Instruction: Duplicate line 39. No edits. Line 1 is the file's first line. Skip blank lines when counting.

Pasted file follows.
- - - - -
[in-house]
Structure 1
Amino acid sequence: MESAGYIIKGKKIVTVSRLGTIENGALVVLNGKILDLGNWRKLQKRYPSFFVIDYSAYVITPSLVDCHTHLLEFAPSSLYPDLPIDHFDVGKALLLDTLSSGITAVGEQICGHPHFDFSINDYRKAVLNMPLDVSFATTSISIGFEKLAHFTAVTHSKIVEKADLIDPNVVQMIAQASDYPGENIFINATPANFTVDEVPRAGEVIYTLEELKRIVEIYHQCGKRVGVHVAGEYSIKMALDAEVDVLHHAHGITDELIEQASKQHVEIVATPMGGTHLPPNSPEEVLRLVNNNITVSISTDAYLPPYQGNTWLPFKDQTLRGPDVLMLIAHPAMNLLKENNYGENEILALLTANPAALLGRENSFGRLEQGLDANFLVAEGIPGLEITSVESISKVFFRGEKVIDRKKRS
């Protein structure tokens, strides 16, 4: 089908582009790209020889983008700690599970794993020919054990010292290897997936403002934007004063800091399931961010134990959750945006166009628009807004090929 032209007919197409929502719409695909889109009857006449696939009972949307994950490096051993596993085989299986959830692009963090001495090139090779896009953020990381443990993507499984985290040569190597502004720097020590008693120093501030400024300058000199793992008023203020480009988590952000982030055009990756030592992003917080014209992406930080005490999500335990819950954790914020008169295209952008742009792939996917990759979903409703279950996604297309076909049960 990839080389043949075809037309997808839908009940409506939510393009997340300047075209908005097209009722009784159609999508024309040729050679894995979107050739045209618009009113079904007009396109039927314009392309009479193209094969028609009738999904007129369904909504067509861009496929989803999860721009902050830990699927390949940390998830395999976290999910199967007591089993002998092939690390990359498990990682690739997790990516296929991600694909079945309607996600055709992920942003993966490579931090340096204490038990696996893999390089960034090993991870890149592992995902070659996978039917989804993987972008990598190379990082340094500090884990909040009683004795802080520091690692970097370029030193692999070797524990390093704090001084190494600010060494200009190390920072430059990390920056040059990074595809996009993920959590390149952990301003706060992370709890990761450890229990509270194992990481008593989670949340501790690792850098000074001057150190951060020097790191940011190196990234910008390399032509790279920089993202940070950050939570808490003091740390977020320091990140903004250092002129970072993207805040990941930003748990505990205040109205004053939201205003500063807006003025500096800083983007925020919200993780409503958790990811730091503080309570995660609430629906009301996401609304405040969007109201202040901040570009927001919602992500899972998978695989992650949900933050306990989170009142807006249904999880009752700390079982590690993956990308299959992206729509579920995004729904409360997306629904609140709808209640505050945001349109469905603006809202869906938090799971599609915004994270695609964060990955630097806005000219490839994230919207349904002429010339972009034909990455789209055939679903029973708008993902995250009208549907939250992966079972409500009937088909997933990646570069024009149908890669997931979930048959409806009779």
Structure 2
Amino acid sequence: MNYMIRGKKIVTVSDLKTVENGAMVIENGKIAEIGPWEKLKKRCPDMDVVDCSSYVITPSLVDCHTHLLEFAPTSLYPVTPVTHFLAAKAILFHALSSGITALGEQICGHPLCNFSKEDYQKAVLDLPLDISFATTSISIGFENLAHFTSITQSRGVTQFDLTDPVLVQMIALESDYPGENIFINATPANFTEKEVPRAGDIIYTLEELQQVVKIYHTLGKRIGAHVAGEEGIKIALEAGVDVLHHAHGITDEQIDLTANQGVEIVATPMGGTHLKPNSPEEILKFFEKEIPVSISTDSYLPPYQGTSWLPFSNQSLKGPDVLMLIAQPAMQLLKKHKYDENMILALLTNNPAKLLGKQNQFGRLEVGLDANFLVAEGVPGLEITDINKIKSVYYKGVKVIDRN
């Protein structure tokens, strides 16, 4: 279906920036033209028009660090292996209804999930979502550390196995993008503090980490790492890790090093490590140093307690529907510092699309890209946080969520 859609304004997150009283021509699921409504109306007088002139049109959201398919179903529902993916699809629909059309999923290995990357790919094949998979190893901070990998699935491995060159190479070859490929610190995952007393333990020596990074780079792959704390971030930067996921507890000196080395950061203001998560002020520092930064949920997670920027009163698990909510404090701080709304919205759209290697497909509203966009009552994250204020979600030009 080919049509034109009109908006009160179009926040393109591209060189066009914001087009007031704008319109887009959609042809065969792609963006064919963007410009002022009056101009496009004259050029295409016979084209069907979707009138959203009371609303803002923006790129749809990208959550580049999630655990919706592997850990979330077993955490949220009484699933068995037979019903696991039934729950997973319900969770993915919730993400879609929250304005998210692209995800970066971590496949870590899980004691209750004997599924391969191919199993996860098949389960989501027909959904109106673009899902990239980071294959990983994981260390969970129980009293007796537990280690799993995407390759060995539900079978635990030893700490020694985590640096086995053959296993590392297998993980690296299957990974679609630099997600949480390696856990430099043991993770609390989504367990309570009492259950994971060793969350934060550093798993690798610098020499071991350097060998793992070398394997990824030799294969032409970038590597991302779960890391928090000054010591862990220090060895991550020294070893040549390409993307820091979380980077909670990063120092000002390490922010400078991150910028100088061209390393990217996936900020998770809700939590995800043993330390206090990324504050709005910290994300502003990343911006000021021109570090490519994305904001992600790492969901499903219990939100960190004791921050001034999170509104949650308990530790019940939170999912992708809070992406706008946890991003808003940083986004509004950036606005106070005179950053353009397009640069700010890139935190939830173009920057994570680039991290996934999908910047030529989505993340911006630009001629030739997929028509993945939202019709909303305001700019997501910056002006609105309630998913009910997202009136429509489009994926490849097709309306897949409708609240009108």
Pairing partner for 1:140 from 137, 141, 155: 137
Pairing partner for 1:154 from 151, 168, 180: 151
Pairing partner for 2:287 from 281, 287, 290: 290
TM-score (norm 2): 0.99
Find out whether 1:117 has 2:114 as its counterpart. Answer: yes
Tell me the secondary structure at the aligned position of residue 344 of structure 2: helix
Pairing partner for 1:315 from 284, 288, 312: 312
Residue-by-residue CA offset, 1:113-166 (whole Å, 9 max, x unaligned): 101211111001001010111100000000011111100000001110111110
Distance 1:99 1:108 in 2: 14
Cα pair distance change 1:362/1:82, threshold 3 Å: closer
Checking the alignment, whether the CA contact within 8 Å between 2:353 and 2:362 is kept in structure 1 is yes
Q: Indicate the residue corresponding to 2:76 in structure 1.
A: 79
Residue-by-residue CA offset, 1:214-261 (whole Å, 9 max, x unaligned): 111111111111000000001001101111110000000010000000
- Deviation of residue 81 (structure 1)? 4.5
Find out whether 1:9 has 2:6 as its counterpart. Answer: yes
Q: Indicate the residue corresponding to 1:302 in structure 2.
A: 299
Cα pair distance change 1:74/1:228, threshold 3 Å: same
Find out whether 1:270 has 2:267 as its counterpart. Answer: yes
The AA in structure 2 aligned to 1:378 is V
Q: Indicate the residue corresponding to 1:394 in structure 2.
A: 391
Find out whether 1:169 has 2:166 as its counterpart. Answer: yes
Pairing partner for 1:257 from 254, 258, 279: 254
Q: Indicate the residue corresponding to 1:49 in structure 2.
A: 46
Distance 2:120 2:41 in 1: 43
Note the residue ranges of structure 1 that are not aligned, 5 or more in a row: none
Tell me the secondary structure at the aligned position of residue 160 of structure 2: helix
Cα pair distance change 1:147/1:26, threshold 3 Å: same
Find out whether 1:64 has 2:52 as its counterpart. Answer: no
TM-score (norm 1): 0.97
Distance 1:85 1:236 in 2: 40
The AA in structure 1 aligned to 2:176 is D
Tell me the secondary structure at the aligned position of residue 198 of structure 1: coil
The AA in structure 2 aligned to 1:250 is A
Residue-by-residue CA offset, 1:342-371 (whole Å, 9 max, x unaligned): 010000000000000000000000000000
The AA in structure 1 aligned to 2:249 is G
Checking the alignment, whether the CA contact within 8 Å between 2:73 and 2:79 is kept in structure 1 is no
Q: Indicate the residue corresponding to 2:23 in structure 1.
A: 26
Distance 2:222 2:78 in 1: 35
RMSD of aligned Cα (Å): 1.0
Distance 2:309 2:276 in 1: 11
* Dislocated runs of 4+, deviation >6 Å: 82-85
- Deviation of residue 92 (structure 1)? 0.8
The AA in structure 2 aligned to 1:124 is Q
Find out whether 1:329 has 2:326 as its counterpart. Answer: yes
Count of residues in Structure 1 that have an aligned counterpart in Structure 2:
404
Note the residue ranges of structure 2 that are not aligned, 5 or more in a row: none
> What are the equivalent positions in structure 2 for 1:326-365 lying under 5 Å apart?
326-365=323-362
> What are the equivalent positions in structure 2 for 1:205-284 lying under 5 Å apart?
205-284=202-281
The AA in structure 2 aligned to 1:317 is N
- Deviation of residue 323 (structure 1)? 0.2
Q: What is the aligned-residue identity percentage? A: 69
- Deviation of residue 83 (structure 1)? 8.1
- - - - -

Find out whether 1:64 has 2:52 as its counterpart. Answer: no